Dental Tips Blog

Jan
27

3 Signs Your Tooth May Be Dying

Posted in Root Canals

Are you having pain in your tooth?  Maybe your tooth is starting to turn darker than the others?  It could be that you are experiencing a dying tooth.

What is a dying tooth?  Each tooth has its own, living nerve inside of it. When the nerve dies, has been traumatized, or has been removed in a root canal procedure, your tooth is considered non-vital or “dead.”  How do you know if your tooth is dying?

Here are 3 signs and symptoms:

1)      Pain– You may not always have tooth pain but in some cases you may.  The type of pain can vary from a mild, occasional pain to extremely painful.  Some people don’t experience pain at all!

2)      Darker tooth – The colors can vary from shades of grey, yellow or black.  This is a like a bruise in your tooth.  You will be able to tell by comparing the tooth to the ones next to it.

3)      A “pimple” on your gums – An abscessed tooth causes a “pimple” along your gums to release inflammation.  This can give you a bad taste or a foul odor in your mouth.

These are just a few symptoms of dying teeth. Seeing your dentist regularly can help you prevent problems like these before they progress to the point of irreversible damage.

Do you think your tooth is infected and possibly dying?  Call your dentist today to have your examined and tested to see if it is the case.  If your tooth is in fact dying, it will need to be treated by either a root canal or be extracted to prevent spread of infection.

Posted on behalf of:
Heritage Dental
23945 Franz Rd Suite A
Katy, TX 77493
(832) 709-2429

Sep
11

Do You Have a Dead Tooth?

Posted in Root Canals

While the outside, or what is visible, of our teeth is made up of hard enamel, the inside of our teeth is actually living tissue, comprised mostly of nerves and blood cells, called the “pulp”. Although a healthy pulp is vital to the formation and development of our teeth, once a tooth has reached maturity, such as in an adult, the root and exterior structure of the tooth can remain functional without the need of the pulp.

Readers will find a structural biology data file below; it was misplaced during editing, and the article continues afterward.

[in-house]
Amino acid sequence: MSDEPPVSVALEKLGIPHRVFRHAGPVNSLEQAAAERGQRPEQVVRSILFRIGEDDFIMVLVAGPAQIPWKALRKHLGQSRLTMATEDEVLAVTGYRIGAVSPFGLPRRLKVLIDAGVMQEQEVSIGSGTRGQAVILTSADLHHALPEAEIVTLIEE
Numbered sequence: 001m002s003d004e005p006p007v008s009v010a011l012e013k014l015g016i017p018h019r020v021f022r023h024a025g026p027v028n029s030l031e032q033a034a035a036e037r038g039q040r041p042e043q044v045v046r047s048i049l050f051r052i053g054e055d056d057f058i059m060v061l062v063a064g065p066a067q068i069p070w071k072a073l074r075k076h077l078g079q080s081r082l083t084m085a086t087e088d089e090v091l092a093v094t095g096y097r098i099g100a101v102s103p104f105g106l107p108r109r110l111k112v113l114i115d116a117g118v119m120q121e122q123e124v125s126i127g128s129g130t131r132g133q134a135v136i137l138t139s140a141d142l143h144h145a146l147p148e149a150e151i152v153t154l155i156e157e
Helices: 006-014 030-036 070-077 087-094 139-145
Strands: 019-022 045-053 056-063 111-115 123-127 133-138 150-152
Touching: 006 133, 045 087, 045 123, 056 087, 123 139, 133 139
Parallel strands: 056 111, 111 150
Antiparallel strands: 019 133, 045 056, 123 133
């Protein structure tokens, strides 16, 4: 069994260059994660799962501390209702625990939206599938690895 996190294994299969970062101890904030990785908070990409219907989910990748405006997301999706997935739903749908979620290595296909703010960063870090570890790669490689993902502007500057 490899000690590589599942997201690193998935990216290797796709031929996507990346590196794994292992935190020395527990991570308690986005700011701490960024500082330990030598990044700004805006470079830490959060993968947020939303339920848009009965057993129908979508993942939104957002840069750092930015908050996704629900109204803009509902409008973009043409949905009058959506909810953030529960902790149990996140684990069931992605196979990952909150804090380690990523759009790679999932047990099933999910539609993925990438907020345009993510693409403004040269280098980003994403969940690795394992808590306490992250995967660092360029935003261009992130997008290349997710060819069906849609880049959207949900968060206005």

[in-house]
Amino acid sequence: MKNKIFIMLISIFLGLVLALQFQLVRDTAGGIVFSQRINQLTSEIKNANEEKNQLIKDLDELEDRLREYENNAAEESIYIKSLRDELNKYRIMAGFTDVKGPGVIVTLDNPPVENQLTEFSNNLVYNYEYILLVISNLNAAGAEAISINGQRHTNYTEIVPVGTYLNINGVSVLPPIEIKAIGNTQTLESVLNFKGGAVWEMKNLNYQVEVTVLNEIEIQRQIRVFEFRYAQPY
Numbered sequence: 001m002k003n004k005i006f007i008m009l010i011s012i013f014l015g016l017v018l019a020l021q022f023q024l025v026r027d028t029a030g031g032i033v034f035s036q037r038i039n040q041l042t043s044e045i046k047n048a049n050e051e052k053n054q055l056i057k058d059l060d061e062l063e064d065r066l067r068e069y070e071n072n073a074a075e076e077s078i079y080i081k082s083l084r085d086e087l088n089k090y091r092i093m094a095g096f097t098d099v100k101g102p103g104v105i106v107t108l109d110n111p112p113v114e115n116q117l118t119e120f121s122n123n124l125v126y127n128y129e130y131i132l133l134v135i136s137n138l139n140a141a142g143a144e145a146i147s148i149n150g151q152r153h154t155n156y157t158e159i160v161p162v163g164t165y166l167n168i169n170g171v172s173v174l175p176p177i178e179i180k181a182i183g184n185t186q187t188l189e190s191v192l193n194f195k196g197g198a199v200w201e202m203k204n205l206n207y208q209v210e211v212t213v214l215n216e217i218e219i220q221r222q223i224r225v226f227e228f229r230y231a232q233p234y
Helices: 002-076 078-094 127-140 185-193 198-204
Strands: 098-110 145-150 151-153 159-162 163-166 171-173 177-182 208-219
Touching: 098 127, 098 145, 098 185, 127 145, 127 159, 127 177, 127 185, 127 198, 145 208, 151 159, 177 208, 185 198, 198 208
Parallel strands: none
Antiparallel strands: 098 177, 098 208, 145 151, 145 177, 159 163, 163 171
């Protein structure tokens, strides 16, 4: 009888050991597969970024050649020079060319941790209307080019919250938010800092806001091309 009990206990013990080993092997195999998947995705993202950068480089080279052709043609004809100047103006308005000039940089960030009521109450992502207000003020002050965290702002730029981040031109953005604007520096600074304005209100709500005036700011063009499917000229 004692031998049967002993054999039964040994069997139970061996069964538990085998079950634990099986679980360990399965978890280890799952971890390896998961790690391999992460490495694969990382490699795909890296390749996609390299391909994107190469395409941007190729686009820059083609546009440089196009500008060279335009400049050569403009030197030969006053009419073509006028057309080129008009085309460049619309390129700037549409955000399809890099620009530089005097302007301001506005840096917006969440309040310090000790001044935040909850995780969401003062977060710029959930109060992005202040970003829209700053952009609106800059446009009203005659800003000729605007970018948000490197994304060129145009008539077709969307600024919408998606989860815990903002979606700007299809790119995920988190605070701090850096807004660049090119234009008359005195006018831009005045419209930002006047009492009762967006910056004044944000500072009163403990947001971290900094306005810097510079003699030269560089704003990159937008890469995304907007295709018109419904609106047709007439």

This soft tissue is very vulnerable to injury. Cavities, left untreated and allowed to decay, can go deep down into the pulp causing damage. Sports injuries or falls that injure the mouth can also causing bruising to the pulp. Even too many dental procedures on the same tooth can prove injurious. When the inside nerve of the tooth is damaged, the surrounding tissue must be removed using root canal therapy before a severe infection develops.

It is entirely possible to have a dead tooth without any presenting systems so it is important to get regular dental checkups. However, some teeth will grow darker from the bruising of dying blood cells when the pulp has become damaged. Some people experience pain from mild to extreme, either from a resulting abscess or the actual dying of the tooth nerve. If an infection has begun in the damaged pulp, it’s possible to notice some swelling and an unpleasant odor or taste.

If you have any of these symptoms, or if you are symptom free but have recently suffered an injury to your mouth, you should have your local dental professional examine your teeth as soon as possible. A dead tooth cannot go untreated without risk of infection or an abscess. Fast and effective treatment could possibly save the structure of your tooth.

Posted on behalf of Toothmasters

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